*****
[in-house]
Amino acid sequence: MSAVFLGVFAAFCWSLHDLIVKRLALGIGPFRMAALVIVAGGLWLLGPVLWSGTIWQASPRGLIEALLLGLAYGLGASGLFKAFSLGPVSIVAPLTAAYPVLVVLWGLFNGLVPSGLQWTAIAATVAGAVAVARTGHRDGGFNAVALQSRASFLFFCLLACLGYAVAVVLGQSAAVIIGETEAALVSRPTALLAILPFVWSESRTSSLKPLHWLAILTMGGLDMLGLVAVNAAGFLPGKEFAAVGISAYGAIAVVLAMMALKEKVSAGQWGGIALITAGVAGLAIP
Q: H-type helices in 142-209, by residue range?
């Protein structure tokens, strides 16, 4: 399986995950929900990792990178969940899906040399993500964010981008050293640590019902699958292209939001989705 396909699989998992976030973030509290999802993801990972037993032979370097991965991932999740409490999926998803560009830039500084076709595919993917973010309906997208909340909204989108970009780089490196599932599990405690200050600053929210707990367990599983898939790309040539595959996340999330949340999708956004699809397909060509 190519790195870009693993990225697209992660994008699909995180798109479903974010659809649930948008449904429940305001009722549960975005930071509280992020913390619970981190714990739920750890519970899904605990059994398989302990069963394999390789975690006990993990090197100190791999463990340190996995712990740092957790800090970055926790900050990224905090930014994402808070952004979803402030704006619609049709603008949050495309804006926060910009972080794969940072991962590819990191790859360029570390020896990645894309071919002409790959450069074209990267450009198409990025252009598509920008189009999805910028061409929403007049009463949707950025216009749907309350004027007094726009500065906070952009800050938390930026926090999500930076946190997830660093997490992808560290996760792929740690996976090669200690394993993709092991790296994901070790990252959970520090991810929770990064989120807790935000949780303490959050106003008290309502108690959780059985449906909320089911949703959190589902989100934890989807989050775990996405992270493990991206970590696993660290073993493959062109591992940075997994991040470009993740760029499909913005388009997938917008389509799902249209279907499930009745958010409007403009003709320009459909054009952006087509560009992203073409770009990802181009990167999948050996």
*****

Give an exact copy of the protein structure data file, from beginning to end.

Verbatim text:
[in-house]
Amino acid sequence: MSAVFLGVFAAFCWSLHDLIVKRLALGIGPFRMAALVIVAGGLWLLGPVLWSGTIWQASPRGLIEALLLGLAYGLGASGLFKAFSLGPVSIVAPLTAAYPVLVVLWGLFNGLVPSGLQWTAIAATVAGAVAVARTGHRDGGFNAVALQSRASFLFFCLLACLGYAVAVVLGQSAAVIIGETEAALVSRPTALLAILPFVWSESRTSSLKPLHWLAILTMGGLDMLGLVAVNAAGFLPGKEFAAVGISAYGAIAVVLAMMALKEKVSAGQWGGIALITAGVAGLAIP
Q: H-type helices in 142-209, by residue range?
């Protein structure tokens, strides 16, 4: 399986995950929900990792990178969940899906040399993500964010981008050293640590019902699958292209939001989705 396909699989998992976030973030509290999802993801990972037993032979370097991965991932999740409490999926998803560009830039500084076709595919993917973010309906997208909340909204989108970009780089490196599932599990405690200050600053929210707990367990599983898939790309040539595959996340999330949340999708956004699809397909060509 190519790195870009693993990225697209992660994008699909995180798109479903974010659809649930948008449904429940305001009722549960975005930071509280992020913390619970981190714990739920750890519970899904605990059994398989302990069963394999390789975690006990993990090197100190791999463990340190996995712990740092957790800090970055926790900050990224905090930014994402808070952004979803402030704006619609049709603008949050495309804006926060910009972080794969940072991962590819990191790859360029570390020896990645894309071919002409790959450069074209990267450009198409990025252009598509920008189009999805910028061409929403007049009463949707950025216009749907309350004027007094726009500065906070952009800050938390930026926090999500930076946190997830660093997490992808560290996760792929740690996976090669200690394993993709092991790296994901070790990252959970520090991810929770990064989120807790935000949780303490959050106003008290309502108690959780059985449906909320089911949703959190589902989100934890989807989050775990996405992270493990991206970590696993660290073993493959062109591992940075997994991040470009993740760029499909913005388009997938917008389509799902249209279907499930009745958010409007403009003709320009459909054009952006087509560009992203073409770009990802181009990167999948050996």